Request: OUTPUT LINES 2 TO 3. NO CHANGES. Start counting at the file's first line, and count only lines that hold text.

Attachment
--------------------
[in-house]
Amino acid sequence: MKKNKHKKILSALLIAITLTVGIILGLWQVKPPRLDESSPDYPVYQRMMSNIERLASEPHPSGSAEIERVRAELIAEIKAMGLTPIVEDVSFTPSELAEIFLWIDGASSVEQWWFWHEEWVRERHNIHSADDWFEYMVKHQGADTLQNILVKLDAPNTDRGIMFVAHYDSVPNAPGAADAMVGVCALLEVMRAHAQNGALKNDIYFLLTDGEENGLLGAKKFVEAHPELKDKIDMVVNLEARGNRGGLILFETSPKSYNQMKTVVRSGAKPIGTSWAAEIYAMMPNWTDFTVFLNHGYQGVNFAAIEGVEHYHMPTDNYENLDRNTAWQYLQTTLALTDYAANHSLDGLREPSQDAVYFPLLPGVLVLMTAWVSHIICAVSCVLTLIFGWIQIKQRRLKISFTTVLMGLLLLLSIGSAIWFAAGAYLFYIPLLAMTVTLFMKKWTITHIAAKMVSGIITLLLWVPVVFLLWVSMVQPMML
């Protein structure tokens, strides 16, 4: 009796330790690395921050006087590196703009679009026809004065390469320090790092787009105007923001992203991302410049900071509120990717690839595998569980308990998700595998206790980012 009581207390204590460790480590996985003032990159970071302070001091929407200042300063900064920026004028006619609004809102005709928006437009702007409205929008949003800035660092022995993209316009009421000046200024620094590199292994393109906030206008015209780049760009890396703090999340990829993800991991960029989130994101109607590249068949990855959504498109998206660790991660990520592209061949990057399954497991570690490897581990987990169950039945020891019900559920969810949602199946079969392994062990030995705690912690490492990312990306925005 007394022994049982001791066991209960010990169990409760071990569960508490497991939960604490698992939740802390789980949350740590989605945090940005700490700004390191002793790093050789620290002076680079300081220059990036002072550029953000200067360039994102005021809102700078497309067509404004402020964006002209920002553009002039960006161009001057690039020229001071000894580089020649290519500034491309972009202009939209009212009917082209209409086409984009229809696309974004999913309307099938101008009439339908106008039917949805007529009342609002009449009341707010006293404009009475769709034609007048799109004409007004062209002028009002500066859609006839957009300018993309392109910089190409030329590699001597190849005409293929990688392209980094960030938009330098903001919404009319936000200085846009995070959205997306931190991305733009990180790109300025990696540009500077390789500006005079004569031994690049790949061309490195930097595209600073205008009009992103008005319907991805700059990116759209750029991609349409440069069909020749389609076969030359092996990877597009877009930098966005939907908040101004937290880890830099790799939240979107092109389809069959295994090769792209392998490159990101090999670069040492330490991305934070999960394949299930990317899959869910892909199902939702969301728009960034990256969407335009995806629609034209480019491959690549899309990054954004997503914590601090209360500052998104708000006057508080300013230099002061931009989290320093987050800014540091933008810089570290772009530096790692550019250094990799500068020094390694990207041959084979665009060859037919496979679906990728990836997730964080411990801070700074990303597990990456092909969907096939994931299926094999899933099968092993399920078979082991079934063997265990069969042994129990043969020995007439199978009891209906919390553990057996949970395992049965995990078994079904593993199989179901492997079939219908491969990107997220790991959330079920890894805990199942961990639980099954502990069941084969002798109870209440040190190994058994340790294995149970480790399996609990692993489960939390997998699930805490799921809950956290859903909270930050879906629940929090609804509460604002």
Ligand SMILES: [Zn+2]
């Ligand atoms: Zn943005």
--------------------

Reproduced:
Amino acid sequence: MKKNKHKKILSALLIAITLTVGIILGLWQVKPPRLDESSPDYPVYQRMMSNIERLASEPHPSGSAEIERVRAELIAEIKAMGLTPIVEDVSFTPSELAEIFLWIDGASSVEQWWFWHEEWVRERHNIHSADDWFEYMVKHQGADTLQNILVKLDAPNTDRGIMFVAHYDSVPNAPGAADAMVGVCALLEVMRAHAQNGALKNDIYFLLTDGEENGLLGAKKFVEAHPELKDKIDMVVNLEARGNRGGLILFETSPKSYNQMKTVVRSGAKPIGTSWAAEIYAMMPNWTDFTVFLNHGYQGVNFAAIEGVEHYHMPTDNYENLDRNTAWQYLQTTLALTDYAANHSLDGLREPSQDAVYFPLLPGVLVLMTAWVSHIICAVSCVLTLIFGWIQIKQRRLKISFTTVLMGLLLLLSIGSAIWFAAGAYLFYIPLLAMTVTLFMKKWTITHIAAKMVSGIITLLLWVPVVFLLWVSMVQPMML
């Protein structure tokens, strides 16, 4: 009796330790690395921050006087590196703009679009026809004065390469320090790092787009105007923001992203991302410049900071509120990717690839595998569980308990998700595998206790980012 009581207390204590460790480590996985003032990159970071302070001091929407200042300063900064920026004028006619609004809102005709928006437009702007409205929008949003800035660092022995993209316009009421000046200024620094590199292994393109906030206008015209780049760009890396703090999340990829993800991991960029989130994101109607590249068949990855959504498109998206660790991660990520592209061949990057399954497991570690490897581990987990169950039945020891019900559920969810949602199946079969392994062990030995705690912690490492990312990306925005 007394022994049982001791066991209960010990169990409760071990569960508490497991939960604490698992939740802390789980949350740590989605945090940005700490700004390191002793790093050789620290002076680079300081220059990036002072550029953000200067360039994102005021809102700078497309067509404004402020964006002209920002553009002039960006161009001057690039020229001071000894580089020649290519500034491309972009202009939209009212009917082209209409086409984009229809696309974004999913309307099938101008009439339908106008039917949805007529009342609002009449009341707010006293404009009475769709034609007048799109004409007004062209002028009002500066859609006839957009300018993309392109910089190409030329590699001597190849005409293929990688392209980094960030938009330098903001919404009319936000200085846009995070959205997306931190991305733009990180790109300025990696540009500077390789500006005079004569031994690049790949061309490195930097595209600073205008009009992103008005319907991805700059990116759209750029991609349409440069069909020749389609076969030359092996990877597009877009930098966005939907908040101004937290880890830099790799939240979107092109389809069959295994090769792209392998490159990101090999670069040492330490991305934070999960394949299930990317899959869910892909199902939702969301728009960034990256969407335009995806629609034209480019491959690549899309990054954004997503914590601090209360500052998104708000006057508080300013230099002061931009989290320093987050800014540091933008810089570290772009530096790692550019250094990799500068020094390694990207041959084979665009060859037919496979679906990728990836997730964080411990801070700074990303597990990456092909969907096939994931299926094999899933099968092993399920078979082991079934063997265990069969042994129990043969020995007439199978009891209906919390553990057996949970395992049965995990078994079904593993199989179901492997079939219908491969990107997220790991959330079920890894805990199942961990639980099954502990069941084969002798109870209440040190190994058994340790294995149970480790399996609990692993489960939390997998699930805490799921809950956290859903909270930050879906629940929090609804509460604002």